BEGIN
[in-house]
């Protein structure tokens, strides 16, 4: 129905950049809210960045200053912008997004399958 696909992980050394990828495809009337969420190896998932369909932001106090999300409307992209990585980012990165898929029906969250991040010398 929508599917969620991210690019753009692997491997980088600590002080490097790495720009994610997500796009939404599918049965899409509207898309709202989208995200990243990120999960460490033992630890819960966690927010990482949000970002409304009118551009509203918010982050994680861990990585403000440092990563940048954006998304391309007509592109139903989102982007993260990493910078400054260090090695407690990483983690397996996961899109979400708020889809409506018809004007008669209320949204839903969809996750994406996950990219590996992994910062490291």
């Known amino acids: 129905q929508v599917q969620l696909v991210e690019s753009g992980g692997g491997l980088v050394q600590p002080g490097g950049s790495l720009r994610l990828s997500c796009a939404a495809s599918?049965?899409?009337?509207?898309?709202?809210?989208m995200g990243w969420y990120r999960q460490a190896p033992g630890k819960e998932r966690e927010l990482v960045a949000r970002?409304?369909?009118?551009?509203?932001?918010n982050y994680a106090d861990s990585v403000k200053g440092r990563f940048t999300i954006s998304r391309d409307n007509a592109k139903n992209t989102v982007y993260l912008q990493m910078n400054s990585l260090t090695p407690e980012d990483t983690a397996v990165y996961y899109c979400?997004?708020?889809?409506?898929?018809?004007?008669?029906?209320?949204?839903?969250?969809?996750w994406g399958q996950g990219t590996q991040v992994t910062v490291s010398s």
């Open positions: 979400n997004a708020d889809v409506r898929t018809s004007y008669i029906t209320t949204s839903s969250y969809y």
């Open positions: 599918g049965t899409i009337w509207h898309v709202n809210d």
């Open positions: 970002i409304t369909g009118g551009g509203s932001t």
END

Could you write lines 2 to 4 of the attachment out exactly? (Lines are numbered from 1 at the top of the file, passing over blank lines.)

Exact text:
């Protein structure tokens, strides 16, 4: 129905950049809210960045200053912008997004399958 696909992980050394990828495809009337969420190896998932369909932001106090999300409307992209990585980012990165898929029906969250991040010398 929508599917969620991210690019753009692997491997980088600590002080490097790495720009994610997500796009939404599918049965899409509207898309709202989208995200990243990120999960460490033992630890819960966690927010990482949000970002409304009118551009509203918010982050994680861990990585403000440092990563940048954006998304391309007509592109139903989102982007993260990493910078400054260090090695407690990483983690397996996961899109979400708020889809409506018809004007008669209320949204839903969809996750994406996950990219590996992994910062490291």
């Known amino acids: 129905q929508v599917q969620l696909v991210e690019s753009g992980g692997g491997l980088v050394q600590p002080g490097g950049s790495l720009r994610l990828s997500c796009a939404a495809s599918?049965?899409?009337?509207?898309?709202?809210?989208m995200g990243w969420y990120r999960q460490a190896p033992g630890k819960e998932r966690e927010l990482v960045a949000r970002?409304?369909?009118?551009?509203?932001?918010n982050y994680a106090d861990s990585v403000k200053g440092r990563f940048t999300i954006s998304r391309d409307n007509a592109k139903n992209t989102v982007y993260l912008q990493m910078n400054s990585l260090t090695p407690e980012d990483t983690a397996v990165y996961y899109c979400?997004?708020?889809?409506?898929?018809?004007?008669?029906?209320?949204?839903?969250?969809?996750w994406g399958q996950g990219t590996q991040v992994t910062v490291s010398s």
């Open positions: 979400n997004a708020d889809v409506r898929t018809s004007y008669i029906t209320t949204s839903s969250y969809y």